In the 1960s, her father was a political activist in Kashmir, working for political freedom. At that time, the Kashmiris were persecuted, and their language forbidden. “From 1967-69, he became a political prisoner,” said Syeed. “Then when he was released, he saw how dismal the situation was.”

She said her father and others in Kashmir “heard about a man landing on the moon, and something stirred in him. But a Muslim scholar put out an edict saying it didn’t happen and people couldn’t believe it. Suddenly, my father realized they needed to free their minds.”

Her father had received two scholarships – one to the Soviet Union and one to the U.S. – and he chose the latter. “He wanted to be part of a place where people could be free, and where it was important to them,” said Syeed. “I was 5 then and spoke three languages, but he told us we were Americans and could not speak Kashmiri anymore.”

Then, in fifth grade, she said, “I cried when I heard about Christopher Columbus and the Native Americans and rejected American things. In 1988 – for the first time since we’d left – we returned to Kashmir. I thought we’d be accepted and would be home. But people there considered me an American, so there was no identity for me.”

Instead, Syeed had to figure out for herself what it meant to be an American. “And that’s what immigrants do,” she said. “We’re daring, we take risks and we make choices. My religion also became important to me. I studied all religions to figure out what made me who I am. And I’m able to now teach at a school and teach about Columbus in a different way.”

Still, challenges loomed, but she overcame them. “When I was going door-to-door, running for county supervisor, a door opened and I saw a Confederate flag and a stereotypical, shaved-head person with tattoos and no shirt,” said Syeed. “I introduced myself and said, ‘I’d like to hear your issues and concerns.’”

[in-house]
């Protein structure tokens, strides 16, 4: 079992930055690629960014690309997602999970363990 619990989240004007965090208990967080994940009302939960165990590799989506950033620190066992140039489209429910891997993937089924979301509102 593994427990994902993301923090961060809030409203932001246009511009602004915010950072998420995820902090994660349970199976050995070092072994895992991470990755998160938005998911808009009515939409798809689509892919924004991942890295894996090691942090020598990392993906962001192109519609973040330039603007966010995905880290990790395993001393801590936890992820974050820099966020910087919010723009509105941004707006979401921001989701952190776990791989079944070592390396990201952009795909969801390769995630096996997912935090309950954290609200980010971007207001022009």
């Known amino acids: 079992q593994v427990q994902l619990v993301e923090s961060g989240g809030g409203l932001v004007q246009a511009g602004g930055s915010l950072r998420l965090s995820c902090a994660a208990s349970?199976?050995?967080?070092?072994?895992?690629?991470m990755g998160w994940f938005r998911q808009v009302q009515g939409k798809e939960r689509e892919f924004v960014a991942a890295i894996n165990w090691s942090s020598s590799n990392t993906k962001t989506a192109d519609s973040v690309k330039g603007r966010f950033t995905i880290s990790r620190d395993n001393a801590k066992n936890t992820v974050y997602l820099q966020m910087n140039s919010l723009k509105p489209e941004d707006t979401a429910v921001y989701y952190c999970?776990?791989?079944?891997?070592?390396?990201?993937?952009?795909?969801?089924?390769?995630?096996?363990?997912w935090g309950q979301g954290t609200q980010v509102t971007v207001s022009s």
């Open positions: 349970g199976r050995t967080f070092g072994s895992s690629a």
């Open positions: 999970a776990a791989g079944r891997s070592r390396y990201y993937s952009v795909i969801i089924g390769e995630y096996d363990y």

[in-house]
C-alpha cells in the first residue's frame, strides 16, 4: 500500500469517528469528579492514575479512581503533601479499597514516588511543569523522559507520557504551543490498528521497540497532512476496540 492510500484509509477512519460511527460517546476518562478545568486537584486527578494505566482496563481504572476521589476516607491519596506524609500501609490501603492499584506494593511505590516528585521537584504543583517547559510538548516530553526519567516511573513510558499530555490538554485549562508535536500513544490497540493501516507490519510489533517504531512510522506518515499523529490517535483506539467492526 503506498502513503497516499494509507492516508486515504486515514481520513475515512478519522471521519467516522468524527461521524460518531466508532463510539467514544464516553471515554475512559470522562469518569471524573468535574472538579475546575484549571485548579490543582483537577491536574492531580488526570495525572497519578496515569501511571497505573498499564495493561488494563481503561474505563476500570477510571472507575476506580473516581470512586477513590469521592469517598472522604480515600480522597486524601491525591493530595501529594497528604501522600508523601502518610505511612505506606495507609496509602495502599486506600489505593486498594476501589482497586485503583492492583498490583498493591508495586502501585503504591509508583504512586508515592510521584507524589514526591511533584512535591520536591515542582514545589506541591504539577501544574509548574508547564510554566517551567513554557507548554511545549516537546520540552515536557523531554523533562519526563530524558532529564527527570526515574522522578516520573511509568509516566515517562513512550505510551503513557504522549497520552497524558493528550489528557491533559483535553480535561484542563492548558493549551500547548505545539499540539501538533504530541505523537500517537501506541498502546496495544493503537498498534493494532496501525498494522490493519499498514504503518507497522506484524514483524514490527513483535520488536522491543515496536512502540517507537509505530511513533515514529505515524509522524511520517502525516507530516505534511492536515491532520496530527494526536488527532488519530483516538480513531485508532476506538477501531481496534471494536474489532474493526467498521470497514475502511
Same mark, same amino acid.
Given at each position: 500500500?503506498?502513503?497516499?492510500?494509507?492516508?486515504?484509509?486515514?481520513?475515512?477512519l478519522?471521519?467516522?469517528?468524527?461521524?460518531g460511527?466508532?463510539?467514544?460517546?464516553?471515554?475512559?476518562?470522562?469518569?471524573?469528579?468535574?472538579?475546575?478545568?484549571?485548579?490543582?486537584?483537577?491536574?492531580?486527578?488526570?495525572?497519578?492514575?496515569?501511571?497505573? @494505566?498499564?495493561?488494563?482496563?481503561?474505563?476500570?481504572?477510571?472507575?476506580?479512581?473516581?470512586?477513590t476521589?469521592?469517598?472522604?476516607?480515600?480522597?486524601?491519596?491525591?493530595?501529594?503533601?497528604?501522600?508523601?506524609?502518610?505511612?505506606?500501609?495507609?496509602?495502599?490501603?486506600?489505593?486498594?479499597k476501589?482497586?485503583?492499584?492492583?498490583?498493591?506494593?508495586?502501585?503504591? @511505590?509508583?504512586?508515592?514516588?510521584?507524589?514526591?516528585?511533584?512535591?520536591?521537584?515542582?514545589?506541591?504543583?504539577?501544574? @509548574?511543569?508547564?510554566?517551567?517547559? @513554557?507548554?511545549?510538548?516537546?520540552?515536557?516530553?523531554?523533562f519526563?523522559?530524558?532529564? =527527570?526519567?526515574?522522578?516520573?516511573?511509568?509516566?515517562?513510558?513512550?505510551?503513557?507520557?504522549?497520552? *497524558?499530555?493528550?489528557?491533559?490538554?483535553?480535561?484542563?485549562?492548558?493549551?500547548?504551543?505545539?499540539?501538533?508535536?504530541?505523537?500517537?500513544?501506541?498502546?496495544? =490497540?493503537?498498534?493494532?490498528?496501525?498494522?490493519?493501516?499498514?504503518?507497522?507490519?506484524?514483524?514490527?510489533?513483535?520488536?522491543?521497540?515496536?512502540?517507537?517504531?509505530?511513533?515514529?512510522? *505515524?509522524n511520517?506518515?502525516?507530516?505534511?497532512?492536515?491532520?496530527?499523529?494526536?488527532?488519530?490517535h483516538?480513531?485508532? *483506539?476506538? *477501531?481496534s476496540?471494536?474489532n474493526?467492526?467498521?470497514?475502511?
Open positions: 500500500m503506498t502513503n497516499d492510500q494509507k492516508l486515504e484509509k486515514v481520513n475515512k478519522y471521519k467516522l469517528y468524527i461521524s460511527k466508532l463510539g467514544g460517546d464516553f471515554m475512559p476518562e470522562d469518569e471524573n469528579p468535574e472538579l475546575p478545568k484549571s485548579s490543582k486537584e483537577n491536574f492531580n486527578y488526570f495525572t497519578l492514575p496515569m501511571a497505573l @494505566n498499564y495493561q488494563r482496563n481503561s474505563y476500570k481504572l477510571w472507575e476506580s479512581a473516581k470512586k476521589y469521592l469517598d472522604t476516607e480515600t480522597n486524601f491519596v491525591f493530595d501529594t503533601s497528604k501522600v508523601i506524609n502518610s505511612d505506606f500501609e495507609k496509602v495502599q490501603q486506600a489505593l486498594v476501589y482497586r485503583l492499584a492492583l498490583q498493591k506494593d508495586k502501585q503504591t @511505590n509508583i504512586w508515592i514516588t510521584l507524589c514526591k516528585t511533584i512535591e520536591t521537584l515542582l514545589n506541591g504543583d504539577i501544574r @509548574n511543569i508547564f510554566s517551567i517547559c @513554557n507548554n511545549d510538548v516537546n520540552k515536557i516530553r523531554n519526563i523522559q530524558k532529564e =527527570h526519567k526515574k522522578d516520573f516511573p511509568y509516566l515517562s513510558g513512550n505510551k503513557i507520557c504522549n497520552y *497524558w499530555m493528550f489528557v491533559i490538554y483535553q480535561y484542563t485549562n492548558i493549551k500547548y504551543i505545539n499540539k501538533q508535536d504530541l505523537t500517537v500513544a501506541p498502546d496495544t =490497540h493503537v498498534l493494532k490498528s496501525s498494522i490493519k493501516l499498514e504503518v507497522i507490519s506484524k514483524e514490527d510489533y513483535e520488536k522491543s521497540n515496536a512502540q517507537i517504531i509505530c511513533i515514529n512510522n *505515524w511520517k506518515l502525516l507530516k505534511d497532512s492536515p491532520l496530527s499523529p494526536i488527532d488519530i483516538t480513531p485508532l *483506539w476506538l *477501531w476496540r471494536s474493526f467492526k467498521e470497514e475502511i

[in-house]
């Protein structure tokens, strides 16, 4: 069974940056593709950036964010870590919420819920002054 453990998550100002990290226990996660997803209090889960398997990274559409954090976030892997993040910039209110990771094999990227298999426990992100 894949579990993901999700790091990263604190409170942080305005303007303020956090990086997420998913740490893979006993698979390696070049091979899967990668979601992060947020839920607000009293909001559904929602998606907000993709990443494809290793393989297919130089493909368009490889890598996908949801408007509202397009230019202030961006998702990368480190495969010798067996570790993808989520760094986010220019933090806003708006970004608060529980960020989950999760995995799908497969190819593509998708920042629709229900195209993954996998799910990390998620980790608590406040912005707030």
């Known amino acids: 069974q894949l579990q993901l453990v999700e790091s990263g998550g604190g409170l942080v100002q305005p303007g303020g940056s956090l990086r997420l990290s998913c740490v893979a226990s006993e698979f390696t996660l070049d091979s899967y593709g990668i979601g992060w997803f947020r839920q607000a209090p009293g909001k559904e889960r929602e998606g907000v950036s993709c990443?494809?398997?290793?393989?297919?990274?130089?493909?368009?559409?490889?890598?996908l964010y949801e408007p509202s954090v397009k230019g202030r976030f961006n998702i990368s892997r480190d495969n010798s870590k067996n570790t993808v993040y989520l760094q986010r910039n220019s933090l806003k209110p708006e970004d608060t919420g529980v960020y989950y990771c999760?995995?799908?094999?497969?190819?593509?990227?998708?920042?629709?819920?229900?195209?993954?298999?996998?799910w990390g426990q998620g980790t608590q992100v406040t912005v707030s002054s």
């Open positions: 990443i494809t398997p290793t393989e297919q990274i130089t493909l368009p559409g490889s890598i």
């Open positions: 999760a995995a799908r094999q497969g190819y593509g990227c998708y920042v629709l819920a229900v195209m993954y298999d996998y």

He told her the Potomac River was so polluted, he couldn’t fish there, and they had a 25-minute conversation. “I’m a cultural anthropologist, trained not to have stereotypes, but I initially did, that night,” said Syeed. “But we went past that.”

She said she’s inspired that, in Arabic, the word “migration” means to go from one place to another, but that “The more difficult migration to make is a migration of the mind to a state of positivity and optimism. And we can all do something and not be afraid of change.”

So, said Syeed, “Migration means a movement of your heart and mind. And if we could then be in the same place – where we’re all connected – we can go beyond just tolerating each other to sharing that aspect of what we are.”

Proceeds from the dinner support the Centreville Labor Resource Center, the CIF’s Commission for Labor Justice and its immigrant-advocacy work in Fairfax County and Virginia. And after the awards and speeches were presented, CIF President Alice Foltz addressed the crowd.

“I know you’re inspired by the stories we heard – stories that shape our lives,” she said. “And I hope you’ll support CIF’s vision. Let’s make this a movement of our hearts – we will go past this [current divisiveness in the U.S.].” Then, Foltz had everyone say together, “Sí se puede – we can do it.”

When the Centreville Immigration Forum (CIF) recently held its annual awards dinner, Executive Director Terry Angelotti welcomed attendees to The Waterford at Fair Oaks. She also got straight to the point of the event.

“In an atmosphere in our country when there’s so much negativity about immigrants, you respect immigrants and what they bring to the global community,” she said. “And you know that they make our experiences richer.”

The CIF runs the Centreville Labor Resource Center (CLRC), which helps local immigrants obtain work, wages, English-language lessons, job skills and other important life tools enabling them to provide for themselves and their families. And fittingly, the theme for the Sept. 21 dinner was “Celebrating our Global Community.”